Sumit Singhal loves modern architecture. He comes from a family of builders who have built more than 20 projects in the last ten years near Delhi in India. He has recently started writing about the architectural projects that catch his imagination.
First CLT Multi comfort office building in Covasna county, Romania by Tecto Arhitectura
February 11th, 2018 by Sumit Singhal
Article source: Tecto Arhitectura
Tecto Arhitectura was appointed to design the new office building in Reci, Covasna, as the first large scale project with CLT structure in south-east Europe. The goals of the client extended from making a statement about its high standards and interest in high performance use of wood to the point of having a comfortable and proper office as part of a larger work site.
The project concept aimed to respond to the required two-stories for around sixty people based on client’s design brief, meant to be made of massive timber (according to Austrian and Romanian regulations) and complying to the standards for Multi Comfort criteria (according to the guidelines enlisted by Saint Gobain). The project strategy was, therefore, based on utmost ecological and long-term sustainability. But, both the interior space and the exterior volume were subject to aesthetic and functional design. The organizational hierarchy imposed the relative separation of two significant spaces, namely the ground and the first floor, while the fluidity of the workflow influenced the internal organization of the ground floor spaces, which benefit from large open offices.
One common characteristic of all the spaces is the close connection to the exterior, which was dealt with in both direct manners, such as the large window opening towards the surrounding hills and in more metaphorical ways, such as the visible wood ceilings and partitions, who enforce the wood image all over the space. Besides the lateral lighting provided by the office windows, the entrance and the reception, the more representative spaces are light by a skylight over the stairs, which underlines a second, vertical movement direction, complementary to the definitory horizontal axis, which defines the two crossed floors.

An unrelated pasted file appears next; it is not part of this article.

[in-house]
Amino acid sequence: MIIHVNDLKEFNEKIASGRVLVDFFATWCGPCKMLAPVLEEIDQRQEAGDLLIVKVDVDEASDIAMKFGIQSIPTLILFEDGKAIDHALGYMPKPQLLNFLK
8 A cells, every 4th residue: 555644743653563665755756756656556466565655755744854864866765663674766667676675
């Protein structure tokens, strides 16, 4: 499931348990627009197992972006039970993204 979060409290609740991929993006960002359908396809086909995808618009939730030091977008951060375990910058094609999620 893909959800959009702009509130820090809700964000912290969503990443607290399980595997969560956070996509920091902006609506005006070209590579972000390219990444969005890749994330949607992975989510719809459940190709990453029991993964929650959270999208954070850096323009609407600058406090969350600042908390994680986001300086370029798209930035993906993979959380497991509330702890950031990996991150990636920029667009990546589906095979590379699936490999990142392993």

The means of doing this were diverse and had various targets influencing both the sustainability of the project and the interior comfort of the users. The building has a compact shape, expressing clearly the interior spaces without increasing thermal loss. The structure consisted mainly of industrially prefabricated wood-construction CLT panels and glue-lam elements, carrying out the premise that wood is the only truly renewable construction material.
Thermal and sound insulation were achieved by using passive house standard mineral wool insulation from for walls, slabs and flat roofs. This effort of having an effective envelope with reduced thermal bridges in a temperate environment, where outside temperature can reach during winter -35 and 30 during summer, was aided by the usage of high energy efficient aluminium windows and doors with solar control protection in three layered panes placed in such way that the interior space benefits from daylight autonomy, solar gain in winter, shadow during summer and natural cross ventilation all year long. One additional element in aiding the temperature and humidity regulation is the extensive green roof that covers the entire building.
Another essential element for the performances of this building are the installations, as the building has a heating and cooling system based on a well with enhanced heat collection and a heat pump with hot/cold puffer system and a biomass cogeneration plant for heating and electricity while the ventilation system uses heat recovery to minimize consumption. All these features, which brought the building an A Energy Performance Certificate, make this building a possible standard for this type of construction in the South-east of Europe.
Contact Tecto Arhitectura